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Memphis News & Weather | Memphis, TN | WATN - localmemphis.com

“Sanctuary City” issue deeply divides new TN House speaker and Nashville’s mayor

The controversial issue of sanctuary cities is pitting the new Republican Tennessee House speaker against Nashville’s Democratic mayor.

NASHVILLE, Tenn. (localmemphis.com) – The controversial issue of sanctuary cities is pitting the new Republican Tennessee House speaker against Nashville’s Democratic mayor.

Going on radio, television andreleasing a statement Tuesday, Speaker Cameron Sexton referred to MayorBriley’s recent executive action as trying to make Nashville “the SanFrancisco of the South.”

When asked to respond, MayorBriley said “Republicans in the state are trying to see who can be themost anti-immigrant amongst them all. It’s a big Republican issue rightnow.”

During an interview Tuesday,Speaker Sexton said, “What he is saying is telling law enforcement not tocomply with state law and federal laws.” 

Mayor Briley issued an executiveorder September 3rd urging repeal of House Bill 2315, which drew TennesseeCapitol Hill protests before it became law this year. The bill banssanctuary cities in Tennessee, requires law enforcement to comply with immigrationofficials, and allows the withholding of state economic development funds ifthere are violations.

Mayor Briley’s order also said,“all Metro employees should know that they will not be disciplined by thiscity or their supervisors for failure to comply with requests from Immigrationand Customs Enforcement unless required by state or federal law, or by courtorder.”

The Republican speaker says theDemocrat mayor has gone too far. Speaker Sexton says state lawmakers may lookat withholding other state money from Metro Nashville beyond several milliondollars in economic development funds.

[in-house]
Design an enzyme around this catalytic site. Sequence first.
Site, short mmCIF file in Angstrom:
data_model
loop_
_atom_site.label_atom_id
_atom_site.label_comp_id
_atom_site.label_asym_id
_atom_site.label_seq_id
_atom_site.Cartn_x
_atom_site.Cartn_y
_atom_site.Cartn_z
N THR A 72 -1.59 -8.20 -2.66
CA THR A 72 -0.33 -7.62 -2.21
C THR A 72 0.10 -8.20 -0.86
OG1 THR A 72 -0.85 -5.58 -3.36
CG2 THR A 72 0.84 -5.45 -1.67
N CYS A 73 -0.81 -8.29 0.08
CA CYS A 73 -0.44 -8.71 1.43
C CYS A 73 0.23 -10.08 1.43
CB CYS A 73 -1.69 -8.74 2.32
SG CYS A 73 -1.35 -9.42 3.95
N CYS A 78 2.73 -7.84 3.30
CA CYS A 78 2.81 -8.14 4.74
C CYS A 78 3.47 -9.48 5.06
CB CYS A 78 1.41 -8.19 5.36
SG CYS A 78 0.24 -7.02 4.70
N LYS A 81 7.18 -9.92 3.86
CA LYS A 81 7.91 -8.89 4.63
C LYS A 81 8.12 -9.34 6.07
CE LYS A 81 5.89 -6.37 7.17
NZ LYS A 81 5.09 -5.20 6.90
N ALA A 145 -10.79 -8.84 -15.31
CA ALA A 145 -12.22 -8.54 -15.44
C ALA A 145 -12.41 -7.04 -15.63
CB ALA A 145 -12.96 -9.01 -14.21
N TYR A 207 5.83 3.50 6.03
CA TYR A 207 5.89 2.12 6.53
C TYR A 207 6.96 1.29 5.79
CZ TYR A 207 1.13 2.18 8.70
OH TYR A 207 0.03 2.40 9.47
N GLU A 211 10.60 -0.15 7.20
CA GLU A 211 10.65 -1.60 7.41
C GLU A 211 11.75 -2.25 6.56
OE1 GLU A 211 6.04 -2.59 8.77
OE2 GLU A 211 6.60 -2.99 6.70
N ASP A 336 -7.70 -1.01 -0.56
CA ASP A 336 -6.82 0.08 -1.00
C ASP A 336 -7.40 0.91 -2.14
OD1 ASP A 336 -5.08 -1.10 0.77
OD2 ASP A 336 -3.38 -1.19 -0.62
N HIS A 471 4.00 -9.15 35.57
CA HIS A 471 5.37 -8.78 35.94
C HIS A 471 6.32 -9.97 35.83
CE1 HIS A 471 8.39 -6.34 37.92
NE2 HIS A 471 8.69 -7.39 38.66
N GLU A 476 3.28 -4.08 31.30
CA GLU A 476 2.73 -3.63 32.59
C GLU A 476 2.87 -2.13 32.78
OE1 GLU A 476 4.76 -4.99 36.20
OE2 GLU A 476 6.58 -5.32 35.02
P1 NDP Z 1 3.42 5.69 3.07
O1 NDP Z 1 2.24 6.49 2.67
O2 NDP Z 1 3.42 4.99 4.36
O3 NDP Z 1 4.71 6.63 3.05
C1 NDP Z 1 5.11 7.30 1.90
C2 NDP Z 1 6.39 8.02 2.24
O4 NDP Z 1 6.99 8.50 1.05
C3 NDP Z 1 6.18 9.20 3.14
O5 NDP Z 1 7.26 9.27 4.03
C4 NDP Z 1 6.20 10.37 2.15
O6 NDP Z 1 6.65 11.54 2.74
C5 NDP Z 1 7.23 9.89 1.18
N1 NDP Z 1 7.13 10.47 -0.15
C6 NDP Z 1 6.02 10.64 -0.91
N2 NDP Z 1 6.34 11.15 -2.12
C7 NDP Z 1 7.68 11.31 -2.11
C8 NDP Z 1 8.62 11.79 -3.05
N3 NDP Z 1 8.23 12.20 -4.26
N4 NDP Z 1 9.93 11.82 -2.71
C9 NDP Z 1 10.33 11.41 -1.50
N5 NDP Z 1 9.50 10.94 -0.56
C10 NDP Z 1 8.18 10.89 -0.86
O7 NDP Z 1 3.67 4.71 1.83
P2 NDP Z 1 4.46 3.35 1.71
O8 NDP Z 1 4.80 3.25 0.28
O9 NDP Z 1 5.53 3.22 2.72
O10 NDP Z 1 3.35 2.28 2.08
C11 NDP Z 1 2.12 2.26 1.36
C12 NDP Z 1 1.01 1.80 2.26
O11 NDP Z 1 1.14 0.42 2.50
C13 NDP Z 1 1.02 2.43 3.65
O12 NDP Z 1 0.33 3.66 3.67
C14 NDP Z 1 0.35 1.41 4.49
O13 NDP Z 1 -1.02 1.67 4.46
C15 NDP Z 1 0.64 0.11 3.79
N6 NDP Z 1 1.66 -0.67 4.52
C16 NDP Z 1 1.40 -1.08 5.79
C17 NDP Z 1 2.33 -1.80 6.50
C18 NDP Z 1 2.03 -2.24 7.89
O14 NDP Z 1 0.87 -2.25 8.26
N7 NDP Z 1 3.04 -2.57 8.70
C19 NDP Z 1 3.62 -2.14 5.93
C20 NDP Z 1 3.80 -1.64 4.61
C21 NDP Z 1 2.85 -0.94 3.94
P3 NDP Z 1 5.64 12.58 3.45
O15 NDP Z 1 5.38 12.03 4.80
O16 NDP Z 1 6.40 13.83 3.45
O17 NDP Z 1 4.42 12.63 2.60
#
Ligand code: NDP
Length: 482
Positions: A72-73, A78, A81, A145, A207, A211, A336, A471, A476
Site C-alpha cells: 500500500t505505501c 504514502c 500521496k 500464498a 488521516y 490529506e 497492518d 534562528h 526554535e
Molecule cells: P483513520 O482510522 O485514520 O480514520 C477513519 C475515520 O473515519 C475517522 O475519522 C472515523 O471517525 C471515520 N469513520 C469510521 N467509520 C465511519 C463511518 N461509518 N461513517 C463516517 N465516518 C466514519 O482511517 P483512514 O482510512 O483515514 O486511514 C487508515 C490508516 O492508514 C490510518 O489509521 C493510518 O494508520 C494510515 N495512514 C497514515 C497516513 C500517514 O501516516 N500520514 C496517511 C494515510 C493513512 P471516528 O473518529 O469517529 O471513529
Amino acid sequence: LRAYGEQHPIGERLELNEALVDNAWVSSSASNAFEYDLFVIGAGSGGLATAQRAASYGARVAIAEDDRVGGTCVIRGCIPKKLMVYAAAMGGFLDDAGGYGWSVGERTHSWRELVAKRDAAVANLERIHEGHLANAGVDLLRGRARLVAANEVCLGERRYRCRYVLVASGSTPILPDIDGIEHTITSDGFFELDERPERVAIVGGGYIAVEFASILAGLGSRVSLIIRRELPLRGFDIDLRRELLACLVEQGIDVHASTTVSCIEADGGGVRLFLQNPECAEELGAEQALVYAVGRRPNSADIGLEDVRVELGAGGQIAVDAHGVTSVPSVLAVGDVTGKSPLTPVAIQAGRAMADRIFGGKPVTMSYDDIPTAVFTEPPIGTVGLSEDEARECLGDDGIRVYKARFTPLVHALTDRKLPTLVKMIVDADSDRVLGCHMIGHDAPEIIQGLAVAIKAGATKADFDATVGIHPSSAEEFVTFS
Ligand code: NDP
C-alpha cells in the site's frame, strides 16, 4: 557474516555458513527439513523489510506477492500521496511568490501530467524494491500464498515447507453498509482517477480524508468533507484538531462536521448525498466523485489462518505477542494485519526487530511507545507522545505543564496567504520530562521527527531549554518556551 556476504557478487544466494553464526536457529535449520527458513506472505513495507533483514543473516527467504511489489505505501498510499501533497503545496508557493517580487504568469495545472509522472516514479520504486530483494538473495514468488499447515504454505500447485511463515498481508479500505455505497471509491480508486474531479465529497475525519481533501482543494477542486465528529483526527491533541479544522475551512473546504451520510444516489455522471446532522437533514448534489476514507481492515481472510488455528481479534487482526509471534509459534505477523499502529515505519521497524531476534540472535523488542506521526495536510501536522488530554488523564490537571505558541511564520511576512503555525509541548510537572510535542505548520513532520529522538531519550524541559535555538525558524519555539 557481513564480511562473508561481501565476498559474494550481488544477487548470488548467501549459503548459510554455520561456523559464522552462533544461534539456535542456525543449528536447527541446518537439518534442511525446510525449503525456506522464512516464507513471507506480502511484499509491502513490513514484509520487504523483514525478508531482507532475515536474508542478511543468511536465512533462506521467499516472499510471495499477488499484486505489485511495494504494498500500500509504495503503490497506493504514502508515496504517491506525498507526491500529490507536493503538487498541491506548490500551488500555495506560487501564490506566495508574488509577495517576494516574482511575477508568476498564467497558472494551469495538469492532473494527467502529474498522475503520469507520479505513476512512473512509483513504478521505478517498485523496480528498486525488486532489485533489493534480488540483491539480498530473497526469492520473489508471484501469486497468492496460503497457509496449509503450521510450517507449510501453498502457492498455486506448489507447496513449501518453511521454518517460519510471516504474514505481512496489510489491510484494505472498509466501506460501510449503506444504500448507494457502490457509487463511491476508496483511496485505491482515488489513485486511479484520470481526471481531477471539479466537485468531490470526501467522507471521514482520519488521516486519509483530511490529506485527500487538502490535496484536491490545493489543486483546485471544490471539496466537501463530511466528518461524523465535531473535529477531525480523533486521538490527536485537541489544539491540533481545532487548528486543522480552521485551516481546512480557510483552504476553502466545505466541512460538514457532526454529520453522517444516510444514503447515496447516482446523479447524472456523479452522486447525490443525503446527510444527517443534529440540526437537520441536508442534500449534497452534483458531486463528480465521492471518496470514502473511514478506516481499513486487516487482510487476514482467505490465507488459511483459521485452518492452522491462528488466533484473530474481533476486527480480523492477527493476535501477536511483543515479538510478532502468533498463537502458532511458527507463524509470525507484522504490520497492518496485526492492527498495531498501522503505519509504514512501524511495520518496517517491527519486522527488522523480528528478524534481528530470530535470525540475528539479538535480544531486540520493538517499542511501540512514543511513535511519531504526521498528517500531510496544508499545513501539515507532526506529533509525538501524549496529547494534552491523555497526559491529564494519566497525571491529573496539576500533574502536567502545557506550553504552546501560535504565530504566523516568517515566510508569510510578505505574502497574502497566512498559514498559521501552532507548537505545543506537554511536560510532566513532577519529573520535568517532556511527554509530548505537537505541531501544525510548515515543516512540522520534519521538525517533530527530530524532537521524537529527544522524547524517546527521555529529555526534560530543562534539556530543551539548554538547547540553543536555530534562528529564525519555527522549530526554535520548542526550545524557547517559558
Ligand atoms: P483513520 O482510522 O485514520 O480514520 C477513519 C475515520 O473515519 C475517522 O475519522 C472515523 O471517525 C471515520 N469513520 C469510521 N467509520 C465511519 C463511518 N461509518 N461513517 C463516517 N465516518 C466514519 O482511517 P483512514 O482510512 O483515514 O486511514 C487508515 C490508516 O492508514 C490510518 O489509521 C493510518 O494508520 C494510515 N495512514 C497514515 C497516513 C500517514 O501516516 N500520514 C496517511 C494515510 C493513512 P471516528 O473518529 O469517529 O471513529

“So we feel compelled to lookat the entire budget and see if he continues to go down this road,” addedthe speaker. “Do they need to keep all 15-18% they get from the state intheir budget?”

That percentage could be severalhundred million dollars and would need new state legislation to penalizeNashville.

Mayor Briley dismisses anypotential state legislative action on his executive order.

“We were very careful thatthe executive order did not violate any state law, so the people of Nashvilledon’t need to be worried about losing any state money.” Mayor Briley saidin an interview.

He echoed concerns similar tothose who opposed passage of the anti-sanctuary city ban last year – thingslike some undocumented parents afraid to go to schools or even hospitals withtheir kids for fear they might be apprehended by immigration officials.

“We have to do everything wecan to make this a safe, strong and educated city and (HB) 2315 stands in theway of that,” added Mayor Briley.

This all comes as Briley isconsidered an underdog in Thursday’s mayoral runoff election. His challengerJohn Cooper, who lead Briley by 10-points in last month’s general election, said in a statement Tuesday that “every executive order will bereviewed by me when the time comes. I look forward to that happening, but we’renot there yet.”

Speaker Sexton maintains MayorBriley is “trying to circumvent the law” and “it’s just when hegot in a tight political campaign this year and it’s not looking too good thathe decided to try and make an issue out of it.”